ArcGIS Enterprise Web Application Development - Connecting the Dots...

Blog Post created by agelfert on Feb 27, 2019

Several months ago, I completed ESRI's "Introduction to Web Development Using ArcGIS API for JavaScript" online course (3 days). All in all, this was a pretty good class, as ESRI courses go. Definitely targeted towards folks new to subject or with limited web programming experience. If you're interested in what the course covers, you can find a lot of the exercises on


After completing the class, I was fired up to start coding web maps and web applications using the Javascript API (JSAPI), HTML5 and css. At the same time, I was working through an ArcGIS Portal implementation (with lots of outside help thankfully). So my first post-class observation was that the JSAPI class completely ignored the existence of ESRI's Web AppBuilder. I don't know if that was to help you focus on learning the API, supposed to shield the budding web developers from the dark arts of "no code needed' development, or a complete oversight on ESRI's end.


For full disclosure and to my dismay, I have to admit that I haven't spent as much time on the web development side of things while working with our new ArcGIS Enterprise stack as I'd like. As a result, I find myself going in circles a lot. Coming up with a best practice for setting up web maps and building web applications that allows for various levels of users and a user's "permit to publish", is going to be a key recipe for success with Portal.


I wanted to collect my notes on how to attack web map and web application development in ArcGIS Enterprise both for my own reference and maybe as a helpful primer for anyone just starting out. Therefore, the 'blog post' category seems appropriate. This will be a work in progress because I'm definitely still filling in the gaps in my knowledge. As I stumble upon them,  will likely continue peppering this post with additional links. Some of my experiences are certainly tainted by banging my head against the wall a few too many times. So please take them with a grain of salt.


Straight-up JavaScript API Approach

So as a freshly anointed GIS web developer and graduate of the JavaScript API course, motivations runs high. Turns out that to get off the ground, as every JS 101 tutorials tries to convince you, all that's needed are three (3) files. The beauty of Web GIS 2.0, right?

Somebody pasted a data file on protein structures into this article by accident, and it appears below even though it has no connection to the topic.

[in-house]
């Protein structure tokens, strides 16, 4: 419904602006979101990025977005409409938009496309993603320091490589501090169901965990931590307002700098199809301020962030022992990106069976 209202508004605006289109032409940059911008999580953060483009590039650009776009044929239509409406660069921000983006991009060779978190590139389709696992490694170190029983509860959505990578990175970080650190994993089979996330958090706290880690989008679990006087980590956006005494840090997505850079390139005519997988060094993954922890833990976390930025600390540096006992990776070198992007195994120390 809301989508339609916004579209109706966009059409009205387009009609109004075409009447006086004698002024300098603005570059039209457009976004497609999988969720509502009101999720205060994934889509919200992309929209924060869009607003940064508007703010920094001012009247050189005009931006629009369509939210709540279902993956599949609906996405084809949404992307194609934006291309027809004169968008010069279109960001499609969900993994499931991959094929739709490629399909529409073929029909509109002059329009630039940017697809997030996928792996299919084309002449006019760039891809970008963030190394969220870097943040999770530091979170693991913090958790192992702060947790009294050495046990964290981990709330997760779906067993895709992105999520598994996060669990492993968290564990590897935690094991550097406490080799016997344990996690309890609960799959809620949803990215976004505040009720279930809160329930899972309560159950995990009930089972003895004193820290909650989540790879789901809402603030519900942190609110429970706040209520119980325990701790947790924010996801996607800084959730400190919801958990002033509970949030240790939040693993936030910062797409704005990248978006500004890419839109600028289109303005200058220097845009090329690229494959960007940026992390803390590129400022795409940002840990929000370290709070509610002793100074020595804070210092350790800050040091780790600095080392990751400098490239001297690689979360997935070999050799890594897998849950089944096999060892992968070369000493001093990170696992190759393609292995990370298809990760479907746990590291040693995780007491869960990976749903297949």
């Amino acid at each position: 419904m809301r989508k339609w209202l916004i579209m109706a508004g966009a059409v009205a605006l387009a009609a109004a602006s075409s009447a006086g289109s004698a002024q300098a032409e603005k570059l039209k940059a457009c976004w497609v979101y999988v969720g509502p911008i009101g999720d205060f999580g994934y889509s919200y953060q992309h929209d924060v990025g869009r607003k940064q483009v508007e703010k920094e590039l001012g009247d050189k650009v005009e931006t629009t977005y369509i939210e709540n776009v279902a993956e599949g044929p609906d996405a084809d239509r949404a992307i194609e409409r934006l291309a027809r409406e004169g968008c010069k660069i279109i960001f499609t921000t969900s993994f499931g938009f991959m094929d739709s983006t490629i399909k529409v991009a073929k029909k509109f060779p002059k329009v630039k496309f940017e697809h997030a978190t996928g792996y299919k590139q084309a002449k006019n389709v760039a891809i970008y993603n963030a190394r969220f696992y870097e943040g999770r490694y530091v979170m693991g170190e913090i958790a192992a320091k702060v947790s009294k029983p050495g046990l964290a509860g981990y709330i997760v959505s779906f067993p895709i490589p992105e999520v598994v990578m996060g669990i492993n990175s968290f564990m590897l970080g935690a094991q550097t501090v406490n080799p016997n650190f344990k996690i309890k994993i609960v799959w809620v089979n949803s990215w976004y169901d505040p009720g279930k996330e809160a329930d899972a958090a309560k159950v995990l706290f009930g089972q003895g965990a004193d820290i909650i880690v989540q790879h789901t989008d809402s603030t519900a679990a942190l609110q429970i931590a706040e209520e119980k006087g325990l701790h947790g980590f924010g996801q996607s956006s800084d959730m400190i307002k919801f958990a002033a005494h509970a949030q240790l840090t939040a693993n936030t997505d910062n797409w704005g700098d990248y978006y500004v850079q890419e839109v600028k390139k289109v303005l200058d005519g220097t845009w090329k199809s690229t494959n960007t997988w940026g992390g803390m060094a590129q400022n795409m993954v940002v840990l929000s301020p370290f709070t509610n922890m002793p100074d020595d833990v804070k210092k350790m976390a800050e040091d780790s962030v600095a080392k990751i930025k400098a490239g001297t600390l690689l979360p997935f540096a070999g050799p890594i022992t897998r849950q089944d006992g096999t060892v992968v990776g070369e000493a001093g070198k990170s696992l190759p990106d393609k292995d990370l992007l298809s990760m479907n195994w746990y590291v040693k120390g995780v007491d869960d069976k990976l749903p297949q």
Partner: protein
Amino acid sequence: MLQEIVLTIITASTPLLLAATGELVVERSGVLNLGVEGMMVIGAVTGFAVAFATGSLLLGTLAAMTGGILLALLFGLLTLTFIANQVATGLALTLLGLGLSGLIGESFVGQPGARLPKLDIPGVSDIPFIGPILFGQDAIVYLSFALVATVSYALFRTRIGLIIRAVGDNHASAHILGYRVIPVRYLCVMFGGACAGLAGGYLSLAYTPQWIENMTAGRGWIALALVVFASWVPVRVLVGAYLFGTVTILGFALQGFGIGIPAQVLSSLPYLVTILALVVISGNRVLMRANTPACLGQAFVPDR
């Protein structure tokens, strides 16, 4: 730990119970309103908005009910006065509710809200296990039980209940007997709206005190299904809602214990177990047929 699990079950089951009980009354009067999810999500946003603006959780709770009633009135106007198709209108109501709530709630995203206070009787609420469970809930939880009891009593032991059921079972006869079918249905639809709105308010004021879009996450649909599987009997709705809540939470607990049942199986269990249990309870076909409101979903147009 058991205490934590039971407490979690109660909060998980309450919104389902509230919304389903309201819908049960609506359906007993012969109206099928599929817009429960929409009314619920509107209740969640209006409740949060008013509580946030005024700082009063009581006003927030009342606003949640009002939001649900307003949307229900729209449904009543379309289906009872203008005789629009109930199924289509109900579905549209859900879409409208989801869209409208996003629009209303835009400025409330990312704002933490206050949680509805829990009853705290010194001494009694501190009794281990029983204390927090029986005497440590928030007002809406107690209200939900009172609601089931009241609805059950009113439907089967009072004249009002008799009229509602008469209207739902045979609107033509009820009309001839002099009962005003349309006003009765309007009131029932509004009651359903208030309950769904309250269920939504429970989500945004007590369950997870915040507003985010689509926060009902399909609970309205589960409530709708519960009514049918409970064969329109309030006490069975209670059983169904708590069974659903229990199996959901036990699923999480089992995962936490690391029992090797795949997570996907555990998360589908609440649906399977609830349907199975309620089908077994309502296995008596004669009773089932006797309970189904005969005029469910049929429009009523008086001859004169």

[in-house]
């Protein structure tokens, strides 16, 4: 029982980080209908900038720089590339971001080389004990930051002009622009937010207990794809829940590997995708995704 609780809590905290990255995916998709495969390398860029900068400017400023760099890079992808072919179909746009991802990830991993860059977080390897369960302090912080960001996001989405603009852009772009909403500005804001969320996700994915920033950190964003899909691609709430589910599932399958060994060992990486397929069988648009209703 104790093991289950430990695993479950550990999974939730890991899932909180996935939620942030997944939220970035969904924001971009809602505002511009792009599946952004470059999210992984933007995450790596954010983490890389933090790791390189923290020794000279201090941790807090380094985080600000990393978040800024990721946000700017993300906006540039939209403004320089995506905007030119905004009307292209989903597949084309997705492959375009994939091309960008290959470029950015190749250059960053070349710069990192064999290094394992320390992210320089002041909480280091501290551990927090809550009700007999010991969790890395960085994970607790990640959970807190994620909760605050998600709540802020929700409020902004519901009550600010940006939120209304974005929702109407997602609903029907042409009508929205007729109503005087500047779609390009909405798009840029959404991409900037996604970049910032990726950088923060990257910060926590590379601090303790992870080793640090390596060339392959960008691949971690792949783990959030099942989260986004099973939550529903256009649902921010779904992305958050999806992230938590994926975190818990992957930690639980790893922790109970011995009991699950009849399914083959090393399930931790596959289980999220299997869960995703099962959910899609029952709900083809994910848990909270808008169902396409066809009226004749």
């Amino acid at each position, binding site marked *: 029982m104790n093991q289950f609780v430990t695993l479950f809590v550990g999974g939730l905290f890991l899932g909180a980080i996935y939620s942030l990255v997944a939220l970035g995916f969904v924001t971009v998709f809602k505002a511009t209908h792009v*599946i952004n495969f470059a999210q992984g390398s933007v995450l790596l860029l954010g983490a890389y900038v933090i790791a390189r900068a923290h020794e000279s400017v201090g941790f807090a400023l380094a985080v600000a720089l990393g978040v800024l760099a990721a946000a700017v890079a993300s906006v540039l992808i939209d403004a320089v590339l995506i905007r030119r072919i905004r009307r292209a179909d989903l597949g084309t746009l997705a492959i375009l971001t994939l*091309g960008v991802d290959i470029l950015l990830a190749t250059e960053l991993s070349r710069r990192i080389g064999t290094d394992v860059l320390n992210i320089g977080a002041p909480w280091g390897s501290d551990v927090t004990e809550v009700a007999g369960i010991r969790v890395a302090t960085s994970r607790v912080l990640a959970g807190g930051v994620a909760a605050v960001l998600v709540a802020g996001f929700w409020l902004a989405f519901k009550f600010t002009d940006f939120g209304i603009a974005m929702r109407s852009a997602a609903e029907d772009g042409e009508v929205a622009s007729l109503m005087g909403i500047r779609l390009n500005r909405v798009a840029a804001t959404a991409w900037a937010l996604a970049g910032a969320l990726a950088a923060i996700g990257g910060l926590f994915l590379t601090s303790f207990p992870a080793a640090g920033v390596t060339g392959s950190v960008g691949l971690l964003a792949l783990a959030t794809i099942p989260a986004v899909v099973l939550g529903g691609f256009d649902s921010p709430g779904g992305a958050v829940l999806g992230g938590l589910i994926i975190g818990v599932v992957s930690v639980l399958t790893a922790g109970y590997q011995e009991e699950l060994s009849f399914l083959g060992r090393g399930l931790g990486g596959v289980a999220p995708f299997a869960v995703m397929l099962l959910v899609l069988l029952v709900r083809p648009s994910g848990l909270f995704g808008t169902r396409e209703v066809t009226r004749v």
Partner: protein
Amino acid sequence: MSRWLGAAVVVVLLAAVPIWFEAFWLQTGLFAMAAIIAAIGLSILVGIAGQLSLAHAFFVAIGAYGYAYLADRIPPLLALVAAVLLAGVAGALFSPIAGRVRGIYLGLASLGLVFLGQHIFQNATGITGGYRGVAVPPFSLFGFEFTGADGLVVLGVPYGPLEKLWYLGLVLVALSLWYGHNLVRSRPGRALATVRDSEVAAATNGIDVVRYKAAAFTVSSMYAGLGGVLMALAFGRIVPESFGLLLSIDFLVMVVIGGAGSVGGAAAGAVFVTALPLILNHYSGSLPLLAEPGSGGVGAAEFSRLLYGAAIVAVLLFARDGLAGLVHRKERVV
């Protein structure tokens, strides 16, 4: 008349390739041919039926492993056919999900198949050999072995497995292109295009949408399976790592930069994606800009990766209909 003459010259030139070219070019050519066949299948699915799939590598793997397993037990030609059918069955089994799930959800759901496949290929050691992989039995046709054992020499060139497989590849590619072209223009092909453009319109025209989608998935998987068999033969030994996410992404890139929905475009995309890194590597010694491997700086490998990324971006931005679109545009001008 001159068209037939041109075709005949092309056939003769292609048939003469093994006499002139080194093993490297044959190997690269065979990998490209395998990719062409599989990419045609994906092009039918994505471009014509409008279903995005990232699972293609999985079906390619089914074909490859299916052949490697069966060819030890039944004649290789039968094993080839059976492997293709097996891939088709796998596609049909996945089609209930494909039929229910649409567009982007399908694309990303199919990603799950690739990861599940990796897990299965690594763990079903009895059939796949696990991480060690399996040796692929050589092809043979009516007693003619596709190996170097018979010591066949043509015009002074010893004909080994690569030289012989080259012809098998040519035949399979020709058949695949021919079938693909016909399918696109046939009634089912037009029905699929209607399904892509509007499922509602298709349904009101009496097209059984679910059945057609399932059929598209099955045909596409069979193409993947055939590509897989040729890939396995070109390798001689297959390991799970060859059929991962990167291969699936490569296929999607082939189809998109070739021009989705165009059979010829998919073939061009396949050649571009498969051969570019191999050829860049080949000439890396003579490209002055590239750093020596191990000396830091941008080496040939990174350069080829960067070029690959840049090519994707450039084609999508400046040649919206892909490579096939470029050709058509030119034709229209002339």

• One  *.html
  • One *.js
  • One  *.css


Inside the *.js, you reference any map services (as Map Image Layers), use your HTML layout of choice, and style it with CSS. This part is what the ESRI class I took covered in great detail.


So far, this is nothing new for anyone who has even tinkered with ESRI web GIS for more than a day, and in reality, most web applications will be more complicated than that. I am trying to illustrate simplicity here. You can literally create a cool looking web map in minutes this way, and if you start with some template code, it will go even quicker. Whether you create that on your local machine or another environment, if you're lucky like me and have access to your ArcGIS/Web Server's ..\inetpub\wwwroot\ESRI directory, you create a new directory \new_app and copy your three files in there, and wham-bam, you have a GIS web application that runs at



I know there may be all kinds of security issues depending on your own organization and how your AGS or AG Enterprise is configured, but this is how simple it can be in theory. This simplicity had me excited and willing to learn the JSAPI inside out. Which is the last time you'll hear the word 'simple' in this post.


Next, if you want to share your app through Portal (and this post is really about building apps with ArcGIS Enterprise, so I'm assuming you have Portal), all you have to do is add it as an item, provide a URL and TNT (tags and title)... then it becomes discoverable to Portal users. But all that is actually stored in portal is the reference to the app.


The Portal/Web AppBuilder Approach


Provided you are using ArcGIS Portal, you can create a web application based on ArcGIS Server map services in Portal.



You start under Content/My Content, Create a new Map (provide some TNT), then add map services (from your organization's Content), and save your app. Then you click on 'Create Web App' (enter some TNT) and enter the exciting world of Web AppBuilder (WAB) (that's the WBA version that's packaged with Portal). You pick a theme, choose your initial map extent, add any widgets from those available with this version of WAB and hit save.